Saturn information for kids
Saturn is the sixth planet from the sun and one of the largest in our solar system. Discover some interesting facts about Saturn.
Photo Credit: George Toubalis
By Donald Powell
Of all the planets in our solar system, Saturn is the most interesting and unique. It is one of the biggest planets in size. The yellow planet with the wide, flat rings is the sixth planet from the sun and sits between Jupiter and Uranus. Recent exploratory missions to the planet have revealed many interesting features that will be of interest to scientists for years to come.
Saturn is the second largest planet behind Jupiter with a fast rotation and one of the longest orbits around the sun. It lies at a distance of 887,000,000 miles from the sun and is 74,900 miles wide in diameter. Saturn orbits the sun every 29 years. Saturn is tilted 27 degrees on its axis and rotates fairly fast as it orbits the sun, completing one rotation in 11 hours. Because of its fast rotation, the poles on Saturn are flat. Earth, by comparison, takes 24 hours to complete a rotation around its axis and takes one year to rotate around the sun. Saturn is 75 times larger than Earth. Saturn is also the least dense of all the planets in the solar system and is less dense than water that it could even float on top of water!
There are a total of seven rings orbiting around Saturn. The three main rings are called the A, B, and C rings. Saturn’s rings are formed out of smaller ringlets and are separated by gaps which are named after the astronomer who discovered them. The largest gap is the Cassini Division, which is located between the A and B rings. The main gap within the A ring is called the Encke Division. The Voyager missions in 1980 and 1981 have revealed other characteristics of the rings to scientists. For example, we now know that the rings consist of ice and dust.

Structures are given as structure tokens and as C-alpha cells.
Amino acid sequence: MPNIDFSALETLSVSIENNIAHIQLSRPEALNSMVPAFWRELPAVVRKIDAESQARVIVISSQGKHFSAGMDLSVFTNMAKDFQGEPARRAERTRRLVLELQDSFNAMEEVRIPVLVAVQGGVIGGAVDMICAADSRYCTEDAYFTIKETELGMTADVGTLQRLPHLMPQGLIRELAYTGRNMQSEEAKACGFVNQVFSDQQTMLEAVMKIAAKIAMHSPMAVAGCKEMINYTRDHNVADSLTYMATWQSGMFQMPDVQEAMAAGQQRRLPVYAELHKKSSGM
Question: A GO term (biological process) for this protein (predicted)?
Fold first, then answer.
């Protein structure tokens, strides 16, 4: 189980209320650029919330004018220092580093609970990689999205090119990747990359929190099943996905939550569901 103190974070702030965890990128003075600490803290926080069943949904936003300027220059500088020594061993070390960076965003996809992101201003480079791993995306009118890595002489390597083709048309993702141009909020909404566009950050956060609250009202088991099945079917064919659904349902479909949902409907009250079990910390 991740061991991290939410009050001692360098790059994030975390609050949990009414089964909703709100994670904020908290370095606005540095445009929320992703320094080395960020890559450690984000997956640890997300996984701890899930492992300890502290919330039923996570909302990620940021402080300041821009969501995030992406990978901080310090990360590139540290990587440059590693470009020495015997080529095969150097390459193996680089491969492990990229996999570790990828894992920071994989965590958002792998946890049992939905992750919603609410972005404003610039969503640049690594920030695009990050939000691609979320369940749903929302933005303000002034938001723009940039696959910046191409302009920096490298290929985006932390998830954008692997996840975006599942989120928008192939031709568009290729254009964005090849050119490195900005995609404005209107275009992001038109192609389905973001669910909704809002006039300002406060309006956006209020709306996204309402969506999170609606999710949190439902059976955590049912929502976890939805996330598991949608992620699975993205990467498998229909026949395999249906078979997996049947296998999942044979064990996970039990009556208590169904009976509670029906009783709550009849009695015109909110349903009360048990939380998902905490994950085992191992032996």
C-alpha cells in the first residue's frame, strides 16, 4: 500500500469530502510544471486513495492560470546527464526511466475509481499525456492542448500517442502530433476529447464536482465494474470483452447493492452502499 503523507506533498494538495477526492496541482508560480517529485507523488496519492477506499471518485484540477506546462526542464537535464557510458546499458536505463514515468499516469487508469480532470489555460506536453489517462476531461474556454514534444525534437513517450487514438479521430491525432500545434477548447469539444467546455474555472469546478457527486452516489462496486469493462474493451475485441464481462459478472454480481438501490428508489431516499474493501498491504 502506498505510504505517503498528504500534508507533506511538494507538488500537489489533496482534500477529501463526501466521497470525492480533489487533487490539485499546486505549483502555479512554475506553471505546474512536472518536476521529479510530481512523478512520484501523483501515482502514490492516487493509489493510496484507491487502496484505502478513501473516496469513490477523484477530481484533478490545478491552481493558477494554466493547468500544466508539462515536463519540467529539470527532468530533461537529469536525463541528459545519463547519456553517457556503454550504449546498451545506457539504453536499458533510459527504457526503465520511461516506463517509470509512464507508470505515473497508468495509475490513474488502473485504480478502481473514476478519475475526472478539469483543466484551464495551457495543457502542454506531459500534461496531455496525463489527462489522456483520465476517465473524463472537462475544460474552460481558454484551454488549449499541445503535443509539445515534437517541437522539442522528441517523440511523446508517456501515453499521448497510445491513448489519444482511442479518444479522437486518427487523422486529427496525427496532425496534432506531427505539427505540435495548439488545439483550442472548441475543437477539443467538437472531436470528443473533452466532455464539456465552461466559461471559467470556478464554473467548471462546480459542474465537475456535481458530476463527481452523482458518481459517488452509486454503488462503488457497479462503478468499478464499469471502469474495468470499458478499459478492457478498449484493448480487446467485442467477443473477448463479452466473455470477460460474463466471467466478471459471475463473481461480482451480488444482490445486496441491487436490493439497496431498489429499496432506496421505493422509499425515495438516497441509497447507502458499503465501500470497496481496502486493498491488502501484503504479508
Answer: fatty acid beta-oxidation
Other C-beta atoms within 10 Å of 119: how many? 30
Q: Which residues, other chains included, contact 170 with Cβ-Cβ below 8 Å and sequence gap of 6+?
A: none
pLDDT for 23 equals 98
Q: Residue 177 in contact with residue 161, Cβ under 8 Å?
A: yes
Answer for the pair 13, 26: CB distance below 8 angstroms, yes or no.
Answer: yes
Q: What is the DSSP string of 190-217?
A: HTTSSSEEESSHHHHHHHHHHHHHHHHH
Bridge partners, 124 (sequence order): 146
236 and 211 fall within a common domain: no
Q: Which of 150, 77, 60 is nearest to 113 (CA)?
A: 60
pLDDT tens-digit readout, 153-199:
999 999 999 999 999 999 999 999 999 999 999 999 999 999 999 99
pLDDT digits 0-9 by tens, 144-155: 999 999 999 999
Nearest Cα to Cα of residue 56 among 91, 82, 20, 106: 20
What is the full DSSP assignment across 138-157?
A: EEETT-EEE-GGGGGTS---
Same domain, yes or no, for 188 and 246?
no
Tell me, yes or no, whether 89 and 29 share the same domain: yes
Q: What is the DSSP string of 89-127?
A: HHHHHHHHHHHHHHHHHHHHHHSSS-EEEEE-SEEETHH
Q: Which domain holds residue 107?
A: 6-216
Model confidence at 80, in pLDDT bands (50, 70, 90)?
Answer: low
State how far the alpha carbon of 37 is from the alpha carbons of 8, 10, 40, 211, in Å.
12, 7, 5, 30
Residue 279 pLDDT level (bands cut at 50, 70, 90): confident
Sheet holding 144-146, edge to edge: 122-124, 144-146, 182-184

At least 30 moons orbit around Saturn. Six of Saturn’s moons are as large as Earth’s moon. Six of Saturn’s moons (Mimas-Tethys, Enceladus-Dione, Titan-Hyperion) interact as pairs to maintain the gravitational place of the rings. The furthest moon away from Saturn is Phoebe at a distance of 12,952 kilometers. The largest moon orbiting Saturn is called Titan. Titan has a radius of 2575 kilometers and has the largest mass of any of Saturn’s moons. The brightest moon is Enceladus, which is also the sixth largest moon on Saturn and is made almost entirely of ice. The first moon was discovered in 1655 by Christaan Huygens.
Saturn is a gas giant. The atmosphere of Saturn is comprised entirely of gas. Helium and hydrogen are the main components, and there are trace amounts of methane and ammonia. Ammonia is responsible for the yellow color of the Saturn. The colorful clouds fuel storms on Saturn, and some of these storms can have wind speeds that are greater than 1100 miles per hour. Every 30 years, a Great White Spot can be seen on Saturn after our summer. This white spot occurs because a massive storm is taking place on the planet’s surface. The surface of Saturn is covered in liquid hydrogen and helium. The liquid forms of hydrogen and helium conduct electrical currents that contribute to the planet’s magnetic field. The inner core consists of solid rock and ice. The average temperature on Saturn is -218o F. The surface of the planet is very hot, and becomes colder as you gain altitude into the upper layers of the atmosphere.
Named after the Roman god of agriculture, Saturn has been known since ancient times. Saturn was first observed by in the seventeenth century by Galileo, who noted the odd bulges on the sides by telescope in 1610. It was not until 1659 that Dutch astronomer Christiaan Huygens figured out that rings circled the planet. Astronomers later discovered that Saturn was not surrounded by single giant ring, but by many rings, and this was eventually confirmed during the Voyager 1 and Voyager 2 missions in 1980 and 1981. Giovanni Cassini discovered the first gap between the A and B rings in the seventeenth century, while in 1837, Johann Encke discovered that a gap existed within the A ring. Both these observations were confirmed by the Voyager missions. Recently, NASA commissioned a mission to explore the entire planet of Saturn and return details regarding Saturn’s moon, rings, gravitational field, and atmosphere. In 2004, the Cassini landed on Titan and released a probe called the Huygens. As the information becomes available, more about the exact composition of Saturn will be known to scientists.
Since the seventeenth century, astronomers have collected quite a bit of information about Saturn. Yet much about Saturn still remains a mystery, and many more missions will be needed to give us a complete picture of this majestic planet.
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